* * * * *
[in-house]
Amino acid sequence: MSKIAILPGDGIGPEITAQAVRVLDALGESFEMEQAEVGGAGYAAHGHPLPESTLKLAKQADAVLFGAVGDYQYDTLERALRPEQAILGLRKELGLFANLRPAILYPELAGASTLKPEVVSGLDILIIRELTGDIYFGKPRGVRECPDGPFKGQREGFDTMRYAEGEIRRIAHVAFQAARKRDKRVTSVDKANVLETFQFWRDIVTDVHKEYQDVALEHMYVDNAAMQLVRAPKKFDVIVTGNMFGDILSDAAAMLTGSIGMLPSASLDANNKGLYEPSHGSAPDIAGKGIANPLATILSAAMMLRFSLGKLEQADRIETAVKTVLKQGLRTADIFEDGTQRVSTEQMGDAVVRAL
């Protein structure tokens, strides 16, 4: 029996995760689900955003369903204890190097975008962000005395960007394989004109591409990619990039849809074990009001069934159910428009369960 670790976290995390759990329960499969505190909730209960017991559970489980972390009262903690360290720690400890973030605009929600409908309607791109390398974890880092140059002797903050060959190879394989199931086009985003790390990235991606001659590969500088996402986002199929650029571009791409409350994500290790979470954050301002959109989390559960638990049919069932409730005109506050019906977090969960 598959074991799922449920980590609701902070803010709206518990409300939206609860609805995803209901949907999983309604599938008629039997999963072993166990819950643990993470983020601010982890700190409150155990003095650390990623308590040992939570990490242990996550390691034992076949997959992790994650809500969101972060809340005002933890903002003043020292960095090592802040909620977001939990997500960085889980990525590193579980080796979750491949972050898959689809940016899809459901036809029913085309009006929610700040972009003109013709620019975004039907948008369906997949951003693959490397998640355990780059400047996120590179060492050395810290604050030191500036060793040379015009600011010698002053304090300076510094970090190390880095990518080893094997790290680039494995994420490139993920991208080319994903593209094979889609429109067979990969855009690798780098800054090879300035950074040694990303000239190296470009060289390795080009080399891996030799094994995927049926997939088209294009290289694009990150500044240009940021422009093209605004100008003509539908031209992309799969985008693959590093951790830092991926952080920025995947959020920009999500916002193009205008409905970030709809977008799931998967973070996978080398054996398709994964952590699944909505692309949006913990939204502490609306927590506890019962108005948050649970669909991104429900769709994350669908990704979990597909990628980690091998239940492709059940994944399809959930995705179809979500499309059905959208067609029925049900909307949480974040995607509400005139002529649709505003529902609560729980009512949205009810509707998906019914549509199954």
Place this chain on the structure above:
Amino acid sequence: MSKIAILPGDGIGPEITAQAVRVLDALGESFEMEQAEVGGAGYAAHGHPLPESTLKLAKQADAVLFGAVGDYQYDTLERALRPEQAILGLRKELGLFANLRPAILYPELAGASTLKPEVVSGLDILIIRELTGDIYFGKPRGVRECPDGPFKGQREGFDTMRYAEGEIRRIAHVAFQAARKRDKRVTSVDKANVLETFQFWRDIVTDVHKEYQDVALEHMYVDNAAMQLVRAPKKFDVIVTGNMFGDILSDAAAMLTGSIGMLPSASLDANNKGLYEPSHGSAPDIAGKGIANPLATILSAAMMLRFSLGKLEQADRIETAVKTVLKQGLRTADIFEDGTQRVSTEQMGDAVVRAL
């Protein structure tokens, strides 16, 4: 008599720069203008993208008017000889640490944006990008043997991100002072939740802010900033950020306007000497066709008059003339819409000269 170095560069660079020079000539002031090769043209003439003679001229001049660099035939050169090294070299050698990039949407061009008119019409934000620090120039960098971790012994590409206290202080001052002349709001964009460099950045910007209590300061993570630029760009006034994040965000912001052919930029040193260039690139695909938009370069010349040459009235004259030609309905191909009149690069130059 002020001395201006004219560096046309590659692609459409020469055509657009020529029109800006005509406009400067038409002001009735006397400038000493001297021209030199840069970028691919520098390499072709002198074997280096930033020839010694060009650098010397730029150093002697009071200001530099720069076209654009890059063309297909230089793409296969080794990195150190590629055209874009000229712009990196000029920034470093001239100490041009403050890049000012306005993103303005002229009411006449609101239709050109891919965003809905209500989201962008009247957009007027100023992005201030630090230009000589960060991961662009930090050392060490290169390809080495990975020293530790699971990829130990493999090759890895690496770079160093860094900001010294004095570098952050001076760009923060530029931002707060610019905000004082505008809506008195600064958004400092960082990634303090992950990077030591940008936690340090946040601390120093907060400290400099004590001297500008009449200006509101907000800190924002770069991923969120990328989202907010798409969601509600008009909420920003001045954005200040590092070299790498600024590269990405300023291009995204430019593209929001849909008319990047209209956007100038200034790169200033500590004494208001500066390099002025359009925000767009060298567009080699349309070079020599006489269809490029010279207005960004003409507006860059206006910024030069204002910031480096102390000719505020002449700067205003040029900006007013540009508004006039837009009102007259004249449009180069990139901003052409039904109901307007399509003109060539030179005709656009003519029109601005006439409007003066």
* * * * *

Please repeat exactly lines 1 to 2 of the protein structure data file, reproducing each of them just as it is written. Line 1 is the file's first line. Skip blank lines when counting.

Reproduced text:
[in-house]
Amino acid sequence: MSKIAILPGDGIGPEITAQAVRVLDALGESFEMEQAEVGGAGYAAHGHPLPESTLKLAKQADAVLFGAVGDYQYDTLERALRPEQAILGLRKELGLFANLRPAILYPELAGASTLKPEVVSGLDILIIRELTGDIYFGKPRGVRECPDGPFKGQREGFDTMRYAEGEIRRIAHVAFQAARKRDKRVTSVDKANVLETFQFWRDIVTDVHKEYQDVALEHMYVDNAAMQLVRAPKKFDVIVTGNMFGDILSDAAAMLTGSIGMLPSASLDANNKGLYEPSHGSAPDIAGKGIANPLATILSAAMMLRFSLGKLEQADRIETAVKTVLKQGLRTADIFEDGTQRVSTEQMGDAVVRAL